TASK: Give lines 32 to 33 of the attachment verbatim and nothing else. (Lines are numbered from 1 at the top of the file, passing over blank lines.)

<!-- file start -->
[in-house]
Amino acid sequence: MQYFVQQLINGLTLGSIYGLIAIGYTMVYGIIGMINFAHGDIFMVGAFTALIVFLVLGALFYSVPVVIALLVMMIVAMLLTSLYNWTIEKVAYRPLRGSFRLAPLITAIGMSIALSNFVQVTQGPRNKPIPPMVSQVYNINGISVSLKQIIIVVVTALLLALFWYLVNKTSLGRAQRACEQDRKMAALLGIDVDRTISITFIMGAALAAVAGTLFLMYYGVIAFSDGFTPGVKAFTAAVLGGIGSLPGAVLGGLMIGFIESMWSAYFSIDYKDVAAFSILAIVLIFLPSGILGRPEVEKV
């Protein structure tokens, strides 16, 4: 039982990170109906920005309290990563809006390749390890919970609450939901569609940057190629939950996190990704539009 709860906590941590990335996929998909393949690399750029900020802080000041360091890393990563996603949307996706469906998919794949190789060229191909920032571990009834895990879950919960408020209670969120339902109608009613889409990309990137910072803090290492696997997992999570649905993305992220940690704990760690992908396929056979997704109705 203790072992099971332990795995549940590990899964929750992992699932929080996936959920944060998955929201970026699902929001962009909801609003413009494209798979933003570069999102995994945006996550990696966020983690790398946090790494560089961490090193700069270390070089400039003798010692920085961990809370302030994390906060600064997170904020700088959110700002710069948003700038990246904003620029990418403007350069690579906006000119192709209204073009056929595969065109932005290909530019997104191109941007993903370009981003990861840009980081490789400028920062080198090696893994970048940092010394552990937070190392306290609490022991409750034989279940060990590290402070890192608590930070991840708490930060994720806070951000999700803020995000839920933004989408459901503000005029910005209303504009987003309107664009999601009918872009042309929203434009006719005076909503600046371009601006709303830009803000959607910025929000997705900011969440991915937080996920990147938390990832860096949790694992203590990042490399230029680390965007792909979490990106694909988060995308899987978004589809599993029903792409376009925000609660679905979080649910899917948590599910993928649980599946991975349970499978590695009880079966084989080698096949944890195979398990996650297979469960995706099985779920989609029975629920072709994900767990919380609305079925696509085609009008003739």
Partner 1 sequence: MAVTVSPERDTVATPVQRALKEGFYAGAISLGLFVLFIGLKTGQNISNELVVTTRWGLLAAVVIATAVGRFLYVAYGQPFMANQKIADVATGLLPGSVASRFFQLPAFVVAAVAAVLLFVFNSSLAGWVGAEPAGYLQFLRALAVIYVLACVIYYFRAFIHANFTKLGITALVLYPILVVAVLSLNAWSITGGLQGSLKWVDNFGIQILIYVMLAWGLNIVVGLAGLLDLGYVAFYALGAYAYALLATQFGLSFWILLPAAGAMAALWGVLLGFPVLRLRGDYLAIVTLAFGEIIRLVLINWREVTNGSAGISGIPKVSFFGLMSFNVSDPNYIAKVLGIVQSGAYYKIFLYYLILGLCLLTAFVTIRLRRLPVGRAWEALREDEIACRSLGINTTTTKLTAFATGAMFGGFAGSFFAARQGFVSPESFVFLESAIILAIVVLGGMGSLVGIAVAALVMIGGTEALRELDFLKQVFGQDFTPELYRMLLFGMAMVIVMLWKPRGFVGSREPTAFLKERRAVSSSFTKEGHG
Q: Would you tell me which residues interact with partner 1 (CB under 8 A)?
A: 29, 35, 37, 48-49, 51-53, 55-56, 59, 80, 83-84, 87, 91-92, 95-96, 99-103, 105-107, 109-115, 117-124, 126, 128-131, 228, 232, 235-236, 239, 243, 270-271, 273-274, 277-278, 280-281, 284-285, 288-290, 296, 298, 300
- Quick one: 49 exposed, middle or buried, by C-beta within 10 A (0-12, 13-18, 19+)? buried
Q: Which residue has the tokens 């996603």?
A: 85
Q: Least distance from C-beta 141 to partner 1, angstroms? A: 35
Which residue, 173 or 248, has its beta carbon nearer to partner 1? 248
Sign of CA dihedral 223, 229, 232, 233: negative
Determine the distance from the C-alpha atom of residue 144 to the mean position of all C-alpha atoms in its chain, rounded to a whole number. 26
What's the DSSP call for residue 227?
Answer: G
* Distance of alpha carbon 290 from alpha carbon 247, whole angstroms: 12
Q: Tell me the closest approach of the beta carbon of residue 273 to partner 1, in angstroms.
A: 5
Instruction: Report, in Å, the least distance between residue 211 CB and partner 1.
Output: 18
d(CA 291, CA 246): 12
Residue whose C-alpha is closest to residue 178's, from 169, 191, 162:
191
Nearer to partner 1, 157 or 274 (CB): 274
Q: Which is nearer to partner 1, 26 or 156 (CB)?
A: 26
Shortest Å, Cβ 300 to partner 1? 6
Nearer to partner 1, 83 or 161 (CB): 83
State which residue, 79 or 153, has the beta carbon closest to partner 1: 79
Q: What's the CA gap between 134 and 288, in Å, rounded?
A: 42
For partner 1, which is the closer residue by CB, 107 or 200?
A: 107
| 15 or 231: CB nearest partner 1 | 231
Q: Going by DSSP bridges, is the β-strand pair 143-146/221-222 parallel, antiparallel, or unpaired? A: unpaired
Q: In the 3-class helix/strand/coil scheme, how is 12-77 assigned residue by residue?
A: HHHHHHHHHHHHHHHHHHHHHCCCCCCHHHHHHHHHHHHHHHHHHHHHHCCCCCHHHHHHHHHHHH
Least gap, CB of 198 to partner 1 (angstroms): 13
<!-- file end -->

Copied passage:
For partner 1, which is the closer residue by CB, 107 or 200?
A: 107